(If that doesn’t give you nerd chills, I don’t know what will.)
Why should I care about Battlecode?
If you’re a coder, then no doubt there is some confusion as to the merits of the various competitions on campus as the number increases every single year. Understandably, the web and mobile tracks have seen increased uptake, both due to the general startup craze, and in paraphrased words of fellow alumnuis @cyen, working with web/mobile technologies represents “real-world” vocational training that some students feel they lack.
While it’s true that the AI you write for Battlecode is not going to be the next big webapp or the cool new business entered into MIT’s $100k competition, the experience of hacking on a difficult problem with short deadlines will definitely improve your technical chops – more-so probably than building a pretty CRUD app to win the web-app competition.
From past winner Albert Ni:
Battlecode is such a valuable experience because it’s basically the one software engineering experience you have at MIT where you’re forced to make a ton of tradeoff decisions, but the wrong choice in the wrong place can literally be the difference between victory and defeat. Surprisingly, to me Battlecode turned out to be excellent preparation for the startup world because there you also don’t have enough time to get every last detail right and thus have to decide where to focus your limited energy, but focusing on the wrong things can doom your company.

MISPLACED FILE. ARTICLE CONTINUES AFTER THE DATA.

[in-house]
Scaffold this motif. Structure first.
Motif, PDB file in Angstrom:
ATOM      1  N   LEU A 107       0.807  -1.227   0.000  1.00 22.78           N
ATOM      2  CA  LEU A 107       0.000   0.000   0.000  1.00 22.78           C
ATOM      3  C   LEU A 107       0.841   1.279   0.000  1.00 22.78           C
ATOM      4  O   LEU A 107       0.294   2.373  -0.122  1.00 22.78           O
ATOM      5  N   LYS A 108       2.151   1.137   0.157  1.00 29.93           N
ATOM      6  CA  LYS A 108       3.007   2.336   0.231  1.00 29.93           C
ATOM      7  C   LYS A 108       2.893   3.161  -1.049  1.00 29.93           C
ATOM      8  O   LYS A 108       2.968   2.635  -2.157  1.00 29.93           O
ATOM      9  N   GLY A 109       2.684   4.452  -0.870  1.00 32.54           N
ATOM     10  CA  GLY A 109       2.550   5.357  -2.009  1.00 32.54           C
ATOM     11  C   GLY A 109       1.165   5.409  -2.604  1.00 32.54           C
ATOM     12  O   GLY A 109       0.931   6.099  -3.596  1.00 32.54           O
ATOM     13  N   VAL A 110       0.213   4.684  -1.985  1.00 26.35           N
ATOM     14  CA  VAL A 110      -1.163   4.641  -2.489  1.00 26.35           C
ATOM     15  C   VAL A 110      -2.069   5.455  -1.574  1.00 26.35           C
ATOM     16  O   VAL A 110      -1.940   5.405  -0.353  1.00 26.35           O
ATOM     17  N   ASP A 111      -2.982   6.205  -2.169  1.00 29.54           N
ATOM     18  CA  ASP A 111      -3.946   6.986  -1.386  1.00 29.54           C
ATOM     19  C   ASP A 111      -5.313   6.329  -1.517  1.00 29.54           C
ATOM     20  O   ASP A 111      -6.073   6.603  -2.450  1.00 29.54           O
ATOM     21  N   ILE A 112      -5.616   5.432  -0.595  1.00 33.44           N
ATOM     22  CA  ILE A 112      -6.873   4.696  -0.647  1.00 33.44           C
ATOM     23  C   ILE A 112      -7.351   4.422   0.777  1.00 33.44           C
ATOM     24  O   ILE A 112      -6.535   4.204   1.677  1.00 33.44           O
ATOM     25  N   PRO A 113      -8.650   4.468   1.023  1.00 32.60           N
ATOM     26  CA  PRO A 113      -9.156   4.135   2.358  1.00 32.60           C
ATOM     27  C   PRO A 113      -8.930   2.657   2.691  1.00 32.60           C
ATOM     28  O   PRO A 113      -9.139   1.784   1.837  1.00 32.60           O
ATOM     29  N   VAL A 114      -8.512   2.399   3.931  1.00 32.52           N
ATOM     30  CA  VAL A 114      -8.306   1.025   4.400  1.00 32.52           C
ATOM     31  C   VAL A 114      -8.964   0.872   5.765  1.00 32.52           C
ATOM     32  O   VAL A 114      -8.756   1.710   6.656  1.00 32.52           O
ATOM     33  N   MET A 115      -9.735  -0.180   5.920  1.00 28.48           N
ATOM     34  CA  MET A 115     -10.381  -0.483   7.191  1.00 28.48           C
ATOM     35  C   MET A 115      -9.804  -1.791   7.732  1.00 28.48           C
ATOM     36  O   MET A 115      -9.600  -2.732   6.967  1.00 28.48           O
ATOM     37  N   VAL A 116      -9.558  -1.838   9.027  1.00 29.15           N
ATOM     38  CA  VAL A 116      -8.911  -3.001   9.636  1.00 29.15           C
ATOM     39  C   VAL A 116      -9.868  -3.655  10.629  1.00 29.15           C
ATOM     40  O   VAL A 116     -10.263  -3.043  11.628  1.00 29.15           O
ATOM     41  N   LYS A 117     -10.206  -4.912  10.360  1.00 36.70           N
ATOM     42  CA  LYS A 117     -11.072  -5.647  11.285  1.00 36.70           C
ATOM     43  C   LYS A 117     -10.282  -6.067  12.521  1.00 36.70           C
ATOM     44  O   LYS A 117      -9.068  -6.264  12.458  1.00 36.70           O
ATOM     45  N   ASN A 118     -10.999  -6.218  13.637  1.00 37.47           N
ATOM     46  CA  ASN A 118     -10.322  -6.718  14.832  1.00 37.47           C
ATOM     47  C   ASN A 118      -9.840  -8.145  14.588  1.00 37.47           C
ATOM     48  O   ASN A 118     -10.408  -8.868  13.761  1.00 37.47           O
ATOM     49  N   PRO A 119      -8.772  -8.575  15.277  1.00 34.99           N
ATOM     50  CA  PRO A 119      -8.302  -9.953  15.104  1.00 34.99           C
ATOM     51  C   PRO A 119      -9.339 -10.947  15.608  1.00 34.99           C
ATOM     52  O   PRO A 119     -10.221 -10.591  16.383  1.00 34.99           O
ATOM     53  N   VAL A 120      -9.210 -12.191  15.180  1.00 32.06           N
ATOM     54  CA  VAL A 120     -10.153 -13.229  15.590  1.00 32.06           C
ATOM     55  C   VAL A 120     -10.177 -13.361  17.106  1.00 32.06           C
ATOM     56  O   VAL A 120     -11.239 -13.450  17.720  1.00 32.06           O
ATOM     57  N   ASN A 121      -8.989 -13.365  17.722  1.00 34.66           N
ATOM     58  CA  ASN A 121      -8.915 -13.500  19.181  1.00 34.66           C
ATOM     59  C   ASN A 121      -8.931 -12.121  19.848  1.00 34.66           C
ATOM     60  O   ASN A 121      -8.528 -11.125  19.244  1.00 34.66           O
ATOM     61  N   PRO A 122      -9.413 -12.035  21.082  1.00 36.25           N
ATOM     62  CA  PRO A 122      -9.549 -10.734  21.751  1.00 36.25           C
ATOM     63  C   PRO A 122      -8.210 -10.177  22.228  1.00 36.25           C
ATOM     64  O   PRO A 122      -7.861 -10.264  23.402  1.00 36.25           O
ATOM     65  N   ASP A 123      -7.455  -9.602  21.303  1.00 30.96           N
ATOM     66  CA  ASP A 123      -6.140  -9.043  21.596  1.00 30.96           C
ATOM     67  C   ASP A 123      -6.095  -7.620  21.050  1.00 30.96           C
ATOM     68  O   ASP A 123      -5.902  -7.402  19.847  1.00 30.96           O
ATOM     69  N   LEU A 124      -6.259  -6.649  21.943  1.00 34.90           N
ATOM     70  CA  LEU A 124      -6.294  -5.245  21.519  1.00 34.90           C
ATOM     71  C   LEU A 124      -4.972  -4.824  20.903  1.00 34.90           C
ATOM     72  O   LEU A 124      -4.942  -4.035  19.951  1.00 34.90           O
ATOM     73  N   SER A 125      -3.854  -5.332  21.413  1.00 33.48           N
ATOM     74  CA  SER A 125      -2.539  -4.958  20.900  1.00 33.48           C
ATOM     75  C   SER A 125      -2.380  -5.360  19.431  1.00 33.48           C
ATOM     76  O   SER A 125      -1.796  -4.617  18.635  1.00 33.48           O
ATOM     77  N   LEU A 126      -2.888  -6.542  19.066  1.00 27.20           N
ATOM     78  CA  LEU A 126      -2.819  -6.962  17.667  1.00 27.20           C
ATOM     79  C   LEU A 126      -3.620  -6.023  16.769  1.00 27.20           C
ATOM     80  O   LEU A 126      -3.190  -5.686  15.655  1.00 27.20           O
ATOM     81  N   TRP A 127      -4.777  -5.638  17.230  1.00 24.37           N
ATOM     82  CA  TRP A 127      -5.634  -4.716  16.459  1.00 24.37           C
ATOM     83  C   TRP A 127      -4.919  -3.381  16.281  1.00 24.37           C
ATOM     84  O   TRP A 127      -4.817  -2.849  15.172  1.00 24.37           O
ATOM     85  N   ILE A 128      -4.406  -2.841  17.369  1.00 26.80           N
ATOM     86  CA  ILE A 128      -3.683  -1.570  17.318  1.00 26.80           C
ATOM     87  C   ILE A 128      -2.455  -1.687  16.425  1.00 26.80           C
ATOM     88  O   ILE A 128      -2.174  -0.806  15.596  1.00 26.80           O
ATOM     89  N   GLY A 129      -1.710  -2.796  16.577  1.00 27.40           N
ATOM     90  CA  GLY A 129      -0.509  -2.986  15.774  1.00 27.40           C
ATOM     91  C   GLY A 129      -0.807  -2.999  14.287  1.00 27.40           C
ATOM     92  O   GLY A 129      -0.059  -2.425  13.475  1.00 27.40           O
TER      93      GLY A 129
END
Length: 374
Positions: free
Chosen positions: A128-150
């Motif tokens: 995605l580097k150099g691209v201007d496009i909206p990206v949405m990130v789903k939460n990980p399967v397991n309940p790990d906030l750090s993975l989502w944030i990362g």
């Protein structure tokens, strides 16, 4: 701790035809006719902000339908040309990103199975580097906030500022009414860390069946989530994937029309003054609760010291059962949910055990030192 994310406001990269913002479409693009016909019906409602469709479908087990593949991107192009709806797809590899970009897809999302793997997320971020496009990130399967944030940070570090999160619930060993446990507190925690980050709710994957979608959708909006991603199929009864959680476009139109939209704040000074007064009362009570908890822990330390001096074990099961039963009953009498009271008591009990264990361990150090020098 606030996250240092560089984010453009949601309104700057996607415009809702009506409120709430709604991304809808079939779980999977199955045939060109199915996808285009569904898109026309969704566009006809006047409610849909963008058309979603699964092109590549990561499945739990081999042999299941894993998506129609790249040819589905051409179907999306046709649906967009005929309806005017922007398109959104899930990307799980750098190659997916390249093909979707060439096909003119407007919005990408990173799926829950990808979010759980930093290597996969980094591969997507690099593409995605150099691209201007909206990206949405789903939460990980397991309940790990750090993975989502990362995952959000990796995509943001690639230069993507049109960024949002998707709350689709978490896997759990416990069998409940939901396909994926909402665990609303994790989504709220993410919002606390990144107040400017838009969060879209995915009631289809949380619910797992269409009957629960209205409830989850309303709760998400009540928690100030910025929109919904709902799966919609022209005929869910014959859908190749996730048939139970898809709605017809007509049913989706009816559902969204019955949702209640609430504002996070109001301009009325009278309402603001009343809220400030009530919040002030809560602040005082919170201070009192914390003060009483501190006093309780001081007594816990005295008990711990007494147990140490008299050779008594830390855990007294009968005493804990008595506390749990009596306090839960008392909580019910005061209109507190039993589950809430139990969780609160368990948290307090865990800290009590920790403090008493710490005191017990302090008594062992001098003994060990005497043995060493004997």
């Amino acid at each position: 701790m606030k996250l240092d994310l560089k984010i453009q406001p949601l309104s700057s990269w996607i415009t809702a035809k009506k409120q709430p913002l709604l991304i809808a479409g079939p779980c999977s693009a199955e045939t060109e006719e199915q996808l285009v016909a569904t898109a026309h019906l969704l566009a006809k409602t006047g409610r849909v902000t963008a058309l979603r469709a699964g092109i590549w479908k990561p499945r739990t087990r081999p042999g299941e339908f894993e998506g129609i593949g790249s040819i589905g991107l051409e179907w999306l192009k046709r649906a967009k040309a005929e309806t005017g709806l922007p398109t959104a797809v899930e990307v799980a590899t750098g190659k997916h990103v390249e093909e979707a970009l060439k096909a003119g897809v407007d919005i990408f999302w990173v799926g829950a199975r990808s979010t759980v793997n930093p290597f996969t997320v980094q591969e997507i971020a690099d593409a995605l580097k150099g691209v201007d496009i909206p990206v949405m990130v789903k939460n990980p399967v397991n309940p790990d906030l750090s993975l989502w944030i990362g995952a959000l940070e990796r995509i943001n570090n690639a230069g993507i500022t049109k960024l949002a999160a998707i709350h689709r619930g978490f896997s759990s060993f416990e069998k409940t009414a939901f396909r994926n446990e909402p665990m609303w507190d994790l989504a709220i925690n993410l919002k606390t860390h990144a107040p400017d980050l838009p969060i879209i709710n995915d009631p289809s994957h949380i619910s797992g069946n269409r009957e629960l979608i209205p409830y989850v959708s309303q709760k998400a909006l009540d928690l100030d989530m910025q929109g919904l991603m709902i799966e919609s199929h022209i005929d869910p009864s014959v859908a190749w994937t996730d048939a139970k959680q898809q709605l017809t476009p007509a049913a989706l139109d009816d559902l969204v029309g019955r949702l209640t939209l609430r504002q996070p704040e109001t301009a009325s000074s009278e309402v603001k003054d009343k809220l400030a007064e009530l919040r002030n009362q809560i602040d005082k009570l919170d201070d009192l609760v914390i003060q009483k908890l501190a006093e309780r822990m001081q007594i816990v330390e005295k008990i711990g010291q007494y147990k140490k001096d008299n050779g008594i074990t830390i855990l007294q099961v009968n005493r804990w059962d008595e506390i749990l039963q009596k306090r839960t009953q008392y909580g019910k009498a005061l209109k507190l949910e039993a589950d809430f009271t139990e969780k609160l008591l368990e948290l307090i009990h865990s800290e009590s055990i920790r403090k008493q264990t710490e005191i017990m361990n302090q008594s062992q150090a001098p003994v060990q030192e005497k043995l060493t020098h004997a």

Ironically you don’t actually get this engineering experience as much in the webapp or mobile app competitions. In both, contestants are expected to quickly cobble together a simple 30-day prototype, but the “rubber never really meets the road” as teams aren’t judged on relevant tangible metrics (and therefore not under pressure to make do-or-die decisions) such as week-over-week growth rate or profits.
As an example, in our team’s bot, I can point to a single commit that was literally the difference between winning the whole competition and being a runner-up: this untested 35 line hack was made one hour before the submission deadline as a last ditch effort to counter the one team we knew we would lose to in the finals (on the last day we consistently lost to them in unranked scrimmage matches). There’s nothing quite like standing on stage in front of hundreds of people hoping that your untested hack deploys correctly.